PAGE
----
Fr. Frans refused to be part of the February 2014 UN supervised evacuation of 1,400 people from the city, which had been besieged for a year and a half.  In the Old City of Homs, the Christian population had shrunk from tens of thousands to just 66.  Christians used to make up 10% of the Syrian population before the Civil War, but Christians have been brutalized for their faith during the conflict Fr. van der Lugt reasoned that he was the only priest remaining to minister to his people so how could he leave.

In January, Fr. van der Lugt made pleas through the media that gained world-wide attention to have humanitarian aid sent to the city to feed the starving Muslim and Christian population.

This led to meeting with UN officials to receive aid and hear first hand accounts of the humanitarian trials in Homs. Fr. van der Lugt procured four kilos of kilos of flour a week from a Muslim charity so that he could make bread and distribute half a loaf to the enclaves neediest 30 people.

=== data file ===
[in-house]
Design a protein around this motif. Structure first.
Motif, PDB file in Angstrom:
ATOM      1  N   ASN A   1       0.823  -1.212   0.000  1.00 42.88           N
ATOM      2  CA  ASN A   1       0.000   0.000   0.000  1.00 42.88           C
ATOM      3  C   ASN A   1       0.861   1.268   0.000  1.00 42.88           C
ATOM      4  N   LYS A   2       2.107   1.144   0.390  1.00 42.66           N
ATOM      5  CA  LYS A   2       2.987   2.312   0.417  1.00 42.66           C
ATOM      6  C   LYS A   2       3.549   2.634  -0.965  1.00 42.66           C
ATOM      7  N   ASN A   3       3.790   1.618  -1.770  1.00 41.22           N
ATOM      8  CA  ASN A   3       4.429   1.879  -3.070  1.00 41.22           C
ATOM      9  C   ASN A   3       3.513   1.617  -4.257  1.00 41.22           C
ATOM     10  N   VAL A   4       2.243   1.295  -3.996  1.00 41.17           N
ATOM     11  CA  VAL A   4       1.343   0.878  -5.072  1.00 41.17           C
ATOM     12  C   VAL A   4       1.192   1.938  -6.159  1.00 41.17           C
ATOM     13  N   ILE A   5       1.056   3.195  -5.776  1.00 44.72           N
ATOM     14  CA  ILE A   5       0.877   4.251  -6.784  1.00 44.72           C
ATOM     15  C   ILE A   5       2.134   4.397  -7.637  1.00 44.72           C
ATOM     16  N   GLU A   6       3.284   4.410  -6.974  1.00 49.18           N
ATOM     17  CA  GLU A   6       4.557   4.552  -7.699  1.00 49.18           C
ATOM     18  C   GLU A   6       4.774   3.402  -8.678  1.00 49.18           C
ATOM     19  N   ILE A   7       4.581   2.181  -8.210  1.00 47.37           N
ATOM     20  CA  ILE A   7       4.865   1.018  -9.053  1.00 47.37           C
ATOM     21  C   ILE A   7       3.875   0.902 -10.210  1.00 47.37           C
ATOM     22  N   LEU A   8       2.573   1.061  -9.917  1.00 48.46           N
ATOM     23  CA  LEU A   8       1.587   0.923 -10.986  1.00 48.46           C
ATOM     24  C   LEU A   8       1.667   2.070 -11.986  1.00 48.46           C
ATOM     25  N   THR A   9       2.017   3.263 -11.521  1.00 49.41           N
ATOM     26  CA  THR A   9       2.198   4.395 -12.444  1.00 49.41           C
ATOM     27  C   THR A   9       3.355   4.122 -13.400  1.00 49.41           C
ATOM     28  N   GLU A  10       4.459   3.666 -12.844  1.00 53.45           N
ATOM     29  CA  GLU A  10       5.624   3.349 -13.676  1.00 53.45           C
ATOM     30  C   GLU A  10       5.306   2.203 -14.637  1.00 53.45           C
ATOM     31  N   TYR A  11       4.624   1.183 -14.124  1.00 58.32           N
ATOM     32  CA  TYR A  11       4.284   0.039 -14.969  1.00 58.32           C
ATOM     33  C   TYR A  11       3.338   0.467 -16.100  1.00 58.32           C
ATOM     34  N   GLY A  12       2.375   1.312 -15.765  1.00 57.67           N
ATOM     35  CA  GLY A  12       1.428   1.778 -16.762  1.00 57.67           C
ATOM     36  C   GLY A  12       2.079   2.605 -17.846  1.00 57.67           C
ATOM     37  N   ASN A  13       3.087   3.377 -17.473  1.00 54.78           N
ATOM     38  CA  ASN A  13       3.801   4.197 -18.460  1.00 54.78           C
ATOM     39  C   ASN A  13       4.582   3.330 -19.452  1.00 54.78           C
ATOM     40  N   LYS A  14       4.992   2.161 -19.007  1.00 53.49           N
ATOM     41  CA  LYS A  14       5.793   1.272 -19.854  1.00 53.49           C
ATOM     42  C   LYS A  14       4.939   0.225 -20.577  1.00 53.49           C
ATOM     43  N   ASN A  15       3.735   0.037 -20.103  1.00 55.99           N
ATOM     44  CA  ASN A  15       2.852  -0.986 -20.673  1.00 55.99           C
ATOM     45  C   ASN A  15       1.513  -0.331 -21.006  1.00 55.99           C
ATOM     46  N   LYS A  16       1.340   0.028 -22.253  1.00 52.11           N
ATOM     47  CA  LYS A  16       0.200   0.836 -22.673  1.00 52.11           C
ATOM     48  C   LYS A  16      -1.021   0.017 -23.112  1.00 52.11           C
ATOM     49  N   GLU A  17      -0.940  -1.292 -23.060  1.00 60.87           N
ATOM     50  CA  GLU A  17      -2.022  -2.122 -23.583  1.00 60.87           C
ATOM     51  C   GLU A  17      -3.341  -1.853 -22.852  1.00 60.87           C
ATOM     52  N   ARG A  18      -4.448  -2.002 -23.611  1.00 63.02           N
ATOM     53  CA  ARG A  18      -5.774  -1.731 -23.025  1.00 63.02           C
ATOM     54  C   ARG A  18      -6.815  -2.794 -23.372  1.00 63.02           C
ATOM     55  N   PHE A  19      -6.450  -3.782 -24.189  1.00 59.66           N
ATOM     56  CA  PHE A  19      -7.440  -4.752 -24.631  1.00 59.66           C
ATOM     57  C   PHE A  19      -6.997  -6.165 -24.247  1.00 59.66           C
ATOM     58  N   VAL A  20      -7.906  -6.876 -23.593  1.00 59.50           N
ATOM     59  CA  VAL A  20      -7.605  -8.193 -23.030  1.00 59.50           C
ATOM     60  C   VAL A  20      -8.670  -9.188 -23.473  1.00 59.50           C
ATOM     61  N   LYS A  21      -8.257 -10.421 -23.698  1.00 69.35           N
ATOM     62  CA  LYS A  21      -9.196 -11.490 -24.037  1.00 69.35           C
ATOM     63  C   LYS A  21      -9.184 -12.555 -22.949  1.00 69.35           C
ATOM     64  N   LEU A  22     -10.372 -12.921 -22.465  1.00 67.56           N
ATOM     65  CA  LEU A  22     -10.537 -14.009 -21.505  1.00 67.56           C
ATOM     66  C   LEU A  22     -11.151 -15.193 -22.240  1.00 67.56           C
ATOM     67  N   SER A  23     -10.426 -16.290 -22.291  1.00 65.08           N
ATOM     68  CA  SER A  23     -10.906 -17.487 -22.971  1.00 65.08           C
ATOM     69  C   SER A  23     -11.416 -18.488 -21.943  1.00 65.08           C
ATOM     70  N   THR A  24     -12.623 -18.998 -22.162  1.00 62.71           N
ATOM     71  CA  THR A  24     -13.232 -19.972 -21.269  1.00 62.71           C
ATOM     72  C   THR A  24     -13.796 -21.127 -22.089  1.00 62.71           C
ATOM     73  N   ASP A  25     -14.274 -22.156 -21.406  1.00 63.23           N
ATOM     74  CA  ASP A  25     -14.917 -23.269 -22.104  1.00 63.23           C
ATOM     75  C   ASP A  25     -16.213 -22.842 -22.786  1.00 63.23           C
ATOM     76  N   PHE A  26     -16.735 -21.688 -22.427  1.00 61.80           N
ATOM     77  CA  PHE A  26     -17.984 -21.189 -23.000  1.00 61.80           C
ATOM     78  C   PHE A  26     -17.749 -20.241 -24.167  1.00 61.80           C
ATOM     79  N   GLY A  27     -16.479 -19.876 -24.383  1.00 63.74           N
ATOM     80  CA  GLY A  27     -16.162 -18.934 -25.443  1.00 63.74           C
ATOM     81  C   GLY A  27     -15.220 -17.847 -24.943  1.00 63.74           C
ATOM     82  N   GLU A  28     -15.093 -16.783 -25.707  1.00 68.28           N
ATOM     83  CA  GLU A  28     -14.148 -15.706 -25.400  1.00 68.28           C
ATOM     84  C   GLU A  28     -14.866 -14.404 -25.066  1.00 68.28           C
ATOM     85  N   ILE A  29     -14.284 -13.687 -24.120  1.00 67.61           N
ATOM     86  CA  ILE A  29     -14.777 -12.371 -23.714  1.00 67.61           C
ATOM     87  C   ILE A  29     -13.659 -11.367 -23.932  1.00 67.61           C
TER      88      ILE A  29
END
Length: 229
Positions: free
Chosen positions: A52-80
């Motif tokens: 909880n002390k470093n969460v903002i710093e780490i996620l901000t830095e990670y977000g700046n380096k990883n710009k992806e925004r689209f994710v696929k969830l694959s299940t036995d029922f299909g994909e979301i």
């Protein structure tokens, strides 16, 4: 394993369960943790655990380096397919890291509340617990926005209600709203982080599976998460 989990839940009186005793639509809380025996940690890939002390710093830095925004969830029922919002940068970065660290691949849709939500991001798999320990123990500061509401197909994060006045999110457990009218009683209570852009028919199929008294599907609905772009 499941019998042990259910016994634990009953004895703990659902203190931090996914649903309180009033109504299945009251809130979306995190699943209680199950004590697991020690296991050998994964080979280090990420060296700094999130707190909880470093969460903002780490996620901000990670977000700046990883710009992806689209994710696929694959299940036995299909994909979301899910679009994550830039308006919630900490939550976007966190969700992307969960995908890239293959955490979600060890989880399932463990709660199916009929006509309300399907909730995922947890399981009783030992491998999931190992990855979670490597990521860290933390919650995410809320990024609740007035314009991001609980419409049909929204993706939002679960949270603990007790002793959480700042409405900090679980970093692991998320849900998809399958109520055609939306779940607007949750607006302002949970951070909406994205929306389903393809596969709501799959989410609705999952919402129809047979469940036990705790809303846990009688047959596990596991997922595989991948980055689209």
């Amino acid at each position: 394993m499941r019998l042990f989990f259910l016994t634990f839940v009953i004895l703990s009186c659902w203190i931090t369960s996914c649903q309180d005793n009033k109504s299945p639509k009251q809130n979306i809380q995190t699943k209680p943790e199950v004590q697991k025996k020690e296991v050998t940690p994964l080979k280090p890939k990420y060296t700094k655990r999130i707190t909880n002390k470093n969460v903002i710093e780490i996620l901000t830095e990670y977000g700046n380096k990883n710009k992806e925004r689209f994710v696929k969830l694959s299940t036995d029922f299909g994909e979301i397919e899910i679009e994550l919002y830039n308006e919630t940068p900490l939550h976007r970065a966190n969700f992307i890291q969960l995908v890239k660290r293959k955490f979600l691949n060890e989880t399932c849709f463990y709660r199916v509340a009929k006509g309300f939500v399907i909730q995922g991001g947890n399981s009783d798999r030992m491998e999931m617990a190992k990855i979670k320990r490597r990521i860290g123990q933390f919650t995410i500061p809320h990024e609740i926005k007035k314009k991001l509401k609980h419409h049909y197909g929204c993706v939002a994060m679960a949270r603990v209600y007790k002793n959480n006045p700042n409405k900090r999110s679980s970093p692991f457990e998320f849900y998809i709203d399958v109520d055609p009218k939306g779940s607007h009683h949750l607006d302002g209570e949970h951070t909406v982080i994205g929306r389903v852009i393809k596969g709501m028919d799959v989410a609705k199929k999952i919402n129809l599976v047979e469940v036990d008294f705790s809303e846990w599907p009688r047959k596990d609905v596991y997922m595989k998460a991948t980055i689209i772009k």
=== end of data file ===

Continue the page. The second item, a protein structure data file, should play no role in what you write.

Fr. van der Lugt’s selfless dedication to his fellow man and openness to serve the Lord even unto death
echos the ultimate sacrifice that our Lord Jesus Christ which we will celebrate next week in the Triduum.


Honoring St. Francis de Sales, the Patron Saint of Writers

Today is the feast day of St. Francis de Sales (1567-1622).  Francis de Sales was canonized in 1665.  St. Francis de Sales was known both for his medium as well as his message.  St. Francis de Sales was named a doctor of the Church by Pope Blessed Pius IX in 1877 for works like “An Introduction to a Devout Life”.